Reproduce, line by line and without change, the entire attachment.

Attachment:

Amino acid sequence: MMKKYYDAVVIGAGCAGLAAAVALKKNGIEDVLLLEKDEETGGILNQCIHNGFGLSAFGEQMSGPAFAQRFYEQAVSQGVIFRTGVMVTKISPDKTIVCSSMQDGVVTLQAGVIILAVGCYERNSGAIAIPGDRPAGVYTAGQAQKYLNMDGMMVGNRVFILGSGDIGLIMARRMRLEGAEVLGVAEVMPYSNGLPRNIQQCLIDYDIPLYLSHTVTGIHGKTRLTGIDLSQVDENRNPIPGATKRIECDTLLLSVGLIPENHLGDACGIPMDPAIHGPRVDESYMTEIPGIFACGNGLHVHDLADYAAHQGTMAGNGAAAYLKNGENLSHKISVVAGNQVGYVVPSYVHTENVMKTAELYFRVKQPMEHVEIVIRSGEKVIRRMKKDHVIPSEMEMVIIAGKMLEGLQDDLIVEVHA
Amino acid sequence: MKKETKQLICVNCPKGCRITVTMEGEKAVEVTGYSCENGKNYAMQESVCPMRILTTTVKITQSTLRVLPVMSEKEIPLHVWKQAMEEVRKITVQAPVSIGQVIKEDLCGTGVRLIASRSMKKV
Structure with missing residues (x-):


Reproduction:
Amino acid sequence: MMKKYYDAVVIGAGCAGLAAAVALKKNGIEDVLLLEKDEETGGILNQCIHNGFGLSAFGEQMSGPAFAQRFYEQAVSQGVIFRTGVMVTKISPDKTIVCSSMQDGVVTLQAGVIILAVGCYERNSGAIAIPGDRPAGVYTAGQAQKYLNMDGMMVGNRVFILGSGDIGLIMARRMRLEGAEVLGVAEVMPYSNGLPRNIQQCLIDYDIPLYLSHTVTGIHGKTRLTGIDLSQVDENRNPIPGATKRIECDTLLLSVGLIPENHLGDACGIPMDPAIHGPRVDESYMTEIPGIFACGNGLHVHDLADYAAHQGTMAGNGAAAYLKNGENLSHKISVVAGNQVGYVVPSYVHTENVMKTAELYFRVKQPMEHVEIVIRSGEKVIRRMKKDHVIPSEMEMVIIAGKMLEGLQDDLIVEVHA
Amino acid sequence: MKKETKQLICVNCPKGCRITVTMEGEKAVEVTGYSCENGKNYAMQESVCPMRILTTTVKITQSTLRVLPVMSEKEIPLHVWKQAMEEVRKITVQAPVSIGQVIKEDLCGTGVRLIASRSMKKV
Structure with missing residues (x-):